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The link between gender inequality and violence against women

2 minutes

Approximately 95% of all victims of violence — whether women or men — experience violence from a male perpetrator. 

Experiences of violence are also different for male and female victims — men experience violence mostly from other men in public spaces, and women experience violence mostly from men they know (usually a current or ex-partner) in private contexts. Women are more likely than men to be afraid of, hospitalised by, or killed by an intimate partner. 

To prevent violence against women, our understandings must account for these ‘gendered’ patterns. 

Gender inequality

Gender inequality is when unequal value is afforded to men and women and there’s an unequal distribution of power, resources and opportunity between them. 

It has historical roots in laws or policies formally constraining the rights and opportunities of women. It is maintained through more informal ways. These include: 

  • social norms such as the belief that women are best suited to care for children
  • practices such as differences in childrearing practices for boys and girls
  • structures such as pay differences between men and women.

The gendered drivers of violence against women

Violence against women has distinct gendered drivers. Evidence points to four factors that most consistently predict or ‘drive’ violence against women and explain its gendered patterns.

Driver 1: Condoning of violence against women

When societies, institutions or communities support or condone violence against women, levels of such violence are higher. Individual men who hold these beliefs are more likely to perpetrate violence against women. Condoning of violence against women occurs in many ways, through practices that justify, excuse or trivialise this violence or shift blame from the perpetrator to the victim.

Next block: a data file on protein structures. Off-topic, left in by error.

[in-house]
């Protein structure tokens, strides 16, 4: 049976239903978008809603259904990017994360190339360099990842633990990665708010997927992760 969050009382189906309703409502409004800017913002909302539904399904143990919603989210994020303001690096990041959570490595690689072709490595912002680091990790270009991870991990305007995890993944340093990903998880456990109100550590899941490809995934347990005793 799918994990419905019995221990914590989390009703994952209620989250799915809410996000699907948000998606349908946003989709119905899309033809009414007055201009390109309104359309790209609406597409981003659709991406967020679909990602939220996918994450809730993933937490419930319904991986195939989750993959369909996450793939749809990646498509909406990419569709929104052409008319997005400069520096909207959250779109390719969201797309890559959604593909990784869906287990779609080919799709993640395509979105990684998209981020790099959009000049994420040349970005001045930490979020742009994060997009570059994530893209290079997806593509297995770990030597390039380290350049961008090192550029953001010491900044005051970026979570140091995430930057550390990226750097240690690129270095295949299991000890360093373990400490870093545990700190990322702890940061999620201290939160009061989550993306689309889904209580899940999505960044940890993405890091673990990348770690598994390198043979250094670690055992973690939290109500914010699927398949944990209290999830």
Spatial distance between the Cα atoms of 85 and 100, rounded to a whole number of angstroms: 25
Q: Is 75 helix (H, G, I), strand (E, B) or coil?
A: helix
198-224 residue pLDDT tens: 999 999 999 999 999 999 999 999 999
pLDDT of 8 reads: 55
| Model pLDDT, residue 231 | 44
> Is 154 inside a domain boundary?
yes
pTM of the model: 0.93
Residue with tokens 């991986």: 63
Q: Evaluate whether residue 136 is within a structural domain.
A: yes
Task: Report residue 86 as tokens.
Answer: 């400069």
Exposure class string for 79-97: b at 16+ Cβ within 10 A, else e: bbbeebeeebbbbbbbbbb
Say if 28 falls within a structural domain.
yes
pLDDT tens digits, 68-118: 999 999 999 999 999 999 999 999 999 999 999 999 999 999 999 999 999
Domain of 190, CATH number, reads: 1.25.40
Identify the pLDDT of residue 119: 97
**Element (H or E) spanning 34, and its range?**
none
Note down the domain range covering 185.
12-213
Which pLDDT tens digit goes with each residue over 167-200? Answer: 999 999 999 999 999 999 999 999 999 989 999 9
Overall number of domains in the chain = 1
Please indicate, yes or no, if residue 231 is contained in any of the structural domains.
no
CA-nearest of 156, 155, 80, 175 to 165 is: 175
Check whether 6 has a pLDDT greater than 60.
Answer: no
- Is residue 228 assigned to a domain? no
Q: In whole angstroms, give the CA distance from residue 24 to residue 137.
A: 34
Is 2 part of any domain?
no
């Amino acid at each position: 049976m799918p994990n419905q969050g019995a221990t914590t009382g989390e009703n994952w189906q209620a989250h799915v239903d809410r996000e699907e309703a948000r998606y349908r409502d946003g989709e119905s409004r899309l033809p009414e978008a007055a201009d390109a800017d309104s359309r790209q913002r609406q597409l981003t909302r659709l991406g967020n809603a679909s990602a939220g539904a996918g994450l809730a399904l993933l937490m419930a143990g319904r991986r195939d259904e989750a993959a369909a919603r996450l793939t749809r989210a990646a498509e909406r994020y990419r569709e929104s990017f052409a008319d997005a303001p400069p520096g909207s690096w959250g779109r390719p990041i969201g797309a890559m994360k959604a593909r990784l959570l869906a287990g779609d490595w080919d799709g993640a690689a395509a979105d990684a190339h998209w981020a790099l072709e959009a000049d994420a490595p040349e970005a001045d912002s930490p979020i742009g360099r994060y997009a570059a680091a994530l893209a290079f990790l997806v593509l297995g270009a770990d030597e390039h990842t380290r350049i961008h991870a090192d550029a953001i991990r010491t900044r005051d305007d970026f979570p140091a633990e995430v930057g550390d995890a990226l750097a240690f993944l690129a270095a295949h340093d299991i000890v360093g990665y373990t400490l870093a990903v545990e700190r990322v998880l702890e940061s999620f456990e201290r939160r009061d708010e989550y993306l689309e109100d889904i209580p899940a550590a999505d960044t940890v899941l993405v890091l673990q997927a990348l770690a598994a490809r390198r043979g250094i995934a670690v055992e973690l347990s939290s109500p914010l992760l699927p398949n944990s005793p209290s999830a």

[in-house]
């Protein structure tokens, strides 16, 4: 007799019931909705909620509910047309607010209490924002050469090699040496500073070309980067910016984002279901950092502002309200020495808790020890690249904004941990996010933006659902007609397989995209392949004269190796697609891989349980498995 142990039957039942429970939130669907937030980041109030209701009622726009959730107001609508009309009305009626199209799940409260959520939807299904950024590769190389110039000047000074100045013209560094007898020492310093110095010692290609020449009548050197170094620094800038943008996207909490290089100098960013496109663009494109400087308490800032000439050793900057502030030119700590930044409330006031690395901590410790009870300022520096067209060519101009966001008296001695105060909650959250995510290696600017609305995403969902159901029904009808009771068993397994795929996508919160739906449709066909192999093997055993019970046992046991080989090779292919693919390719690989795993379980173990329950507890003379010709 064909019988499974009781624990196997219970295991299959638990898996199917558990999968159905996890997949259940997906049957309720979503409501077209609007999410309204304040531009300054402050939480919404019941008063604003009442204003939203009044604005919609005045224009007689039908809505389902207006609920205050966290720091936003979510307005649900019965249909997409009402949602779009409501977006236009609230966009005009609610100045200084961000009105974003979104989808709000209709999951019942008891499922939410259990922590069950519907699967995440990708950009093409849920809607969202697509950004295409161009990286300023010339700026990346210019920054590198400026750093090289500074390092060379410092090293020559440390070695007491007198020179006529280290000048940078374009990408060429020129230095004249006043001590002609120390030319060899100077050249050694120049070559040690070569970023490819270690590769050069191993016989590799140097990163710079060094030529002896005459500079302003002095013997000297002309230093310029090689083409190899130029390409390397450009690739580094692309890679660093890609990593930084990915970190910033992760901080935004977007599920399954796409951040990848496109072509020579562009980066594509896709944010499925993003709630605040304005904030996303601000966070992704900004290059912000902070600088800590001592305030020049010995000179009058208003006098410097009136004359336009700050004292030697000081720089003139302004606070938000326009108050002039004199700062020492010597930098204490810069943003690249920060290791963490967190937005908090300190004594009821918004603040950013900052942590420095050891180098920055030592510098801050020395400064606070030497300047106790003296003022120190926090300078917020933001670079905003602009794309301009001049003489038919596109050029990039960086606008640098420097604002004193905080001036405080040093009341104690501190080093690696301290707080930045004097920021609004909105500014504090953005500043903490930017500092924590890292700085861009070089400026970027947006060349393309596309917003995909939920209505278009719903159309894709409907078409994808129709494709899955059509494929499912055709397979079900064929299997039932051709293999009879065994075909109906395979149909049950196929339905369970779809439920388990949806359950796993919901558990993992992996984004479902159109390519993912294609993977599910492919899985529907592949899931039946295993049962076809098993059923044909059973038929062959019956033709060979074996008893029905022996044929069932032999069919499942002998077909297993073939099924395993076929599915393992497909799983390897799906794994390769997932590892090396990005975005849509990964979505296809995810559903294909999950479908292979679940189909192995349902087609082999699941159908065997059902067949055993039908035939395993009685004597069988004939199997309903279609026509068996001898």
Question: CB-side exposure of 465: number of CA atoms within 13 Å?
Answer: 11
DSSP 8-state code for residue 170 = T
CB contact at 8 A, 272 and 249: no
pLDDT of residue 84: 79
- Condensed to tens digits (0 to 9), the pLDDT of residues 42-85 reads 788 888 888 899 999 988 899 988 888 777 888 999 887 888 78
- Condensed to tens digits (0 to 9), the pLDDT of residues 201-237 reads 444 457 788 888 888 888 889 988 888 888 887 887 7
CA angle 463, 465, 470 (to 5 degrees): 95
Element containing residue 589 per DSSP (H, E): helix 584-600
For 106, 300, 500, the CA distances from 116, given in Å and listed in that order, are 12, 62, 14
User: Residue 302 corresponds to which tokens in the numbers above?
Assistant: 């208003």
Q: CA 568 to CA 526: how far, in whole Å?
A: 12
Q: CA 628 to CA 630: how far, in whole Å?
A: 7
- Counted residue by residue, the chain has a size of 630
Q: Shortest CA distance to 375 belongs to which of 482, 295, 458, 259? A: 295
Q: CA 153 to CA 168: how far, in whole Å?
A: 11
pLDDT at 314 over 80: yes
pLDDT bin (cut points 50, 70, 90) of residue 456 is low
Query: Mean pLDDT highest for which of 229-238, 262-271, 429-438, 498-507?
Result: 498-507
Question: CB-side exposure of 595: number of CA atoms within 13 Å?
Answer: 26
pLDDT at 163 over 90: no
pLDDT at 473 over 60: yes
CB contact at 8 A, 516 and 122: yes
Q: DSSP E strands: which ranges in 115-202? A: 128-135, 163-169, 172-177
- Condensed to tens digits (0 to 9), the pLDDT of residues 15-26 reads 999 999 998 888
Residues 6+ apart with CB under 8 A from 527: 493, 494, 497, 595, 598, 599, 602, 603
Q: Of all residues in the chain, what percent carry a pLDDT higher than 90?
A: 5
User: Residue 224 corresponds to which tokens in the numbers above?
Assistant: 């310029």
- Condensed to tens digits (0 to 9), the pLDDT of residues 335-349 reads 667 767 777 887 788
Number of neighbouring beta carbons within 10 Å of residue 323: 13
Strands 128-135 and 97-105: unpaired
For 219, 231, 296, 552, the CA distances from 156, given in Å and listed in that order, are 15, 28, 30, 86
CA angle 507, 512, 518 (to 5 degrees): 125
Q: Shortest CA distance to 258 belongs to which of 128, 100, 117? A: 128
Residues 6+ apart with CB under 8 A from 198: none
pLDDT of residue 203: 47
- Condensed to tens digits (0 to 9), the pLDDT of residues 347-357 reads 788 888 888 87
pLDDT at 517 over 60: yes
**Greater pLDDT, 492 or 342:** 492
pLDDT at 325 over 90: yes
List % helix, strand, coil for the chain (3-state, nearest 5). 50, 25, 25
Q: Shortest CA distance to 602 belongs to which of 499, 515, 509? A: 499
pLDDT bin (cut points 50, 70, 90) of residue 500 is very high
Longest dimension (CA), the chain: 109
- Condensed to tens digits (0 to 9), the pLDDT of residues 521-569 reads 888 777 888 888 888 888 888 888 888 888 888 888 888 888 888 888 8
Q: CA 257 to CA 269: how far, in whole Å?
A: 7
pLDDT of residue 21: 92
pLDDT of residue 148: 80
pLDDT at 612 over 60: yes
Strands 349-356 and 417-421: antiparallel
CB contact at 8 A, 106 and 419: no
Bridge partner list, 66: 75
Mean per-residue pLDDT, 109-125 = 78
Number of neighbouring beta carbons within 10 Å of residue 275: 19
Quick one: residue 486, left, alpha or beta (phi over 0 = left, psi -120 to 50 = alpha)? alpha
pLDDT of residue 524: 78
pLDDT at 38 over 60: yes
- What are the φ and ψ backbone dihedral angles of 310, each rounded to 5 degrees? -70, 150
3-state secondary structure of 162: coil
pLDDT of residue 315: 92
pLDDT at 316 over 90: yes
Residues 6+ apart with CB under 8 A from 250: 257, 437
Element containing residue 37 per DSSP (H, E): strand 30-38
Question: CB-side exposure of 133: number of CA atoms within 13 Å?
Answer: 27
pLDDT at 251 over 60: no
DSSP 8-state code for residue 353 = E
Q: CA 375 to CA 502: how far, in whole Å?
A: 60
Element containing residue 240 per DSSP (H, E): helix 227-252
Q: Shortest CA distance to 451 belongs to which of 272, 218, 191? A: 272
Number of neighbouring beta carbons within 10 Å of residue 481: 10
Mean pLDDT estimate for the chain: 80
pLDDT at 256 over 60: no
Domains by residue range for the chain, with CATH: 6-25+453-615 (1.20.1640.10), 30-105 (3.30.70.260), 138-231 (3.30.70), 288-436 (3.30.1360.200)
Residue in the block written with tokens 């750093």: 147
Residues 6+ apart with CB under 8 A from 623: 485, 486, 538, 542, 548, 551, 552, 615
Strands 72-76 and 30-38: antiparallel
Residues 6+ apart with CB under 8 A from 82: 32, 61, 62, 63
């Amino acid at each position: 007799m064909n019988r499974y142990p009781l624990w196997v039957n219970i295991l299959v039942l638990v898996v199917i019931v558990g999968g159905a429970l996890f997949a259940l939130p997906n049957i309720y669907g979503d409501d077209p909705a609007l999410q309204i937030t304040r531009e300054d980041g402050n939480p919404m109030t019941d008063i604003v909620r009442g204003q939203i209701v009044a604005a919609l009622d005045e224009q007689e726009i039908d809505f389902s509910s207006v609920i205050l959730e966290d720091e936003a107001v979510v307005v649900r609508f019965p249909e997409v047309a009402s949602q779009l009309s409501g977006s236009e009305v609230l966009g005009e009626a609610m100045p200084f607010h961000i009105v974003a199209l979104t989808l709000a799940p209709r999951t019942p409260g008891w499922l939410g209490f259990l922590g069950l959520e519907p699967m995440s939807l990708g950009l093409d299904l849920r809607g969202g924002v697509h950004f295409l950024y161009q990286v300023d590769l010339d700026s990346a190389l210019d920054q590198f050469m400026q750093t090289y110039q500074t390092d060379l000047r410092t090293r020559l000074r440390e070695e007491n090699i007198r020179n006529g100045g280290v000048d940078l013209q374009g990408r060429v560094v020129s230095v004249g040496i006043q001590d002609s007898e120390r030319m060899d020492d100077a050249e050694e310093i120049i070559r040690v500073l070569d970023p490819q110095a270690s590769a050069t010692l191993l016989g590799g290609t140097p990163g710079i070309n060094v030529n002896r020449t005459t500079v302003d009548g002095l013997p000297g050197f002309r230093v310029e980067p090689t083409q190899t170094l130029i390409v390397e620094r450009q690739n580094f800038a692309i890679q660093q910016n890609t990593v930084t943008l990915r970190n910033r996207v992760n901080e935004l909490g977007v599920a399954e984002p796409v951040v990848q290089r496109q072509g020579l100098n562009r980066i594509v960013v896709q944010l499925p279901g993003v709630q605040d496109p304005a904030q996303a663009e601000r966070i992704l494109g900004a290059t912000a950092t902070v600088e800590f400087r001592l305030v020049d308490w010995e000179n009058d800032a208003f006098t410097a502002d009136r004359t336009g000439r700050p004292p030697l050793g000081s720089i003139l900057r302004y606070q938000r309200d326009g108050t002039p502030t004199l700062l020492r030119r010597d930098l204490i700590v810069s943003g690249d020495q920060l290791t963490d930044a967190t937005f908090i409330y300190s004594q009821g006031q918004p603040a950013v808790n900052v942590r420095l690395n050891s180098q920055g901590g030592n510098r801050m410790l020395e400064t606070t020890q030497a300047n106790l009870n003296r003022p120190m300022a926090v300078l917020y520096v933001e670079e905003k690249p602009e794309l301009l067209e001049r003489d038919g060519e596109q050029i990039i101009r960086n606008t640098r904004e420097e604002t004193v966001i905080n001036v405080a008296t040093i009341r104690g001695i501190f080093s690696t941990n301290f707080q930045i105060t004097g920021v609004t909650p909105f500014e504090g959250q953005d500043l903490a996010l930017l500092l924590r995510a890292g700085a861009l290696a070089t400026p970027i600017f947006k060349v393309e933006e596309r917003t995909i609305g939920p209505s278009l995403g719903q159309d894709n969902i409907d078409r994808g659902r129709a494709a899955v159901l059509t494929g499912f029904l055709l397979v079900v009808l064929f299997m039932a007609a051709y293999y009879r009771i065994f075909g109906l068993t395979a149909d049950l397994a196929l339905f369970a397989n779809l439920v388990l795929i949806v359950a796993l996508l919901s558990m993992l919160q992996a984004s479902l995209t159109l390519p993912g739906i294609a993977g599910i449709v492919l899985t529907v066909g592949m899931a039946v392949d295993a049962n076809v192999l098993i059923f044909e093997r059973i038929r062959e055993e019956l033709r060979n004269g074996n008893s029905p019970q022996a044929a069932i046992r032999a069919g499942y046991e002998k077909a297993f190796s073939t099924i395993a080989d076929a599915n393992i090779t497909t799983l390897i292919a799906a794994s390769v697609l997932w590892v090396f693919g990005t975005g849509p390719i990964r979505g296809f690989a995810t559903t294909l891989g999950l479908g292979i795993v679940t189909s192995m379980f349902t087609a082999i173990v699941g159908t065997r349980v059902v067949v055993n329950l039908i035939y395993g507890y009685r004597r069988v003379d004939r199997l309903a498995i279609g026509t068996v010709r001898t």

Driver 2: Men’s control of decision-making and limits to women’s independence in public and private life

Violence is more common in relationships in which men control decision-making and limit women’s autonomy, have a sense of ownership of or entitlement to women, and hold rigid ideas on acceptable female behaviour. Constraints on women’s independence and access to decision-making are also evident in the public sphere, where men have greater control over power and resources. This sends a message that women have lower social value and are less worthy of respect.

Driver 3: Rigid gender stereotyping and dominant forms of masculinity

Promoting and enforcing rigid and hierarchical gender stereotypes reproduces the social conditions of gender inequality that underpin violence against women. In particular, socially dominant stereotypes of masculinity play a direct role in driving men’s violence against women.

Driver 4: Male peer relations and cultures of masculinity that emphasise aggression, dominance and control

Male peer relationships (both personal and professional) that are characterised by attitudes, behaviours or norms regarding masculinity that centre on aggression, dominance, control or hypersexuality are associated with violence against women.

Reinforcing factors

There are a range of factors that, while they do not drive violence on their own, can contribute to violence against women or make it worse.

  • Condoning of violence in general, which can lead to the ‘normalisation’ of violence.
  • Experience of, and exposure to, violence (particularly during childhood).
  • Factors that can weaken prosocial behaviour (such as stress, environmental/neighbourhood factors, natural disasters and crises, male-dominated settings and heavy alcohol consumption) and therefore reduce empathy, respect and concern for women.
  • Backlash and resistance to prevention and gender equality (actions that seek to block change, uphold the status quo of gender relations, or re-establish male privilege and power), which creates an environment in which there is a heightened risk of violence.

Top resources on violence against women

Detailed facts and statistics


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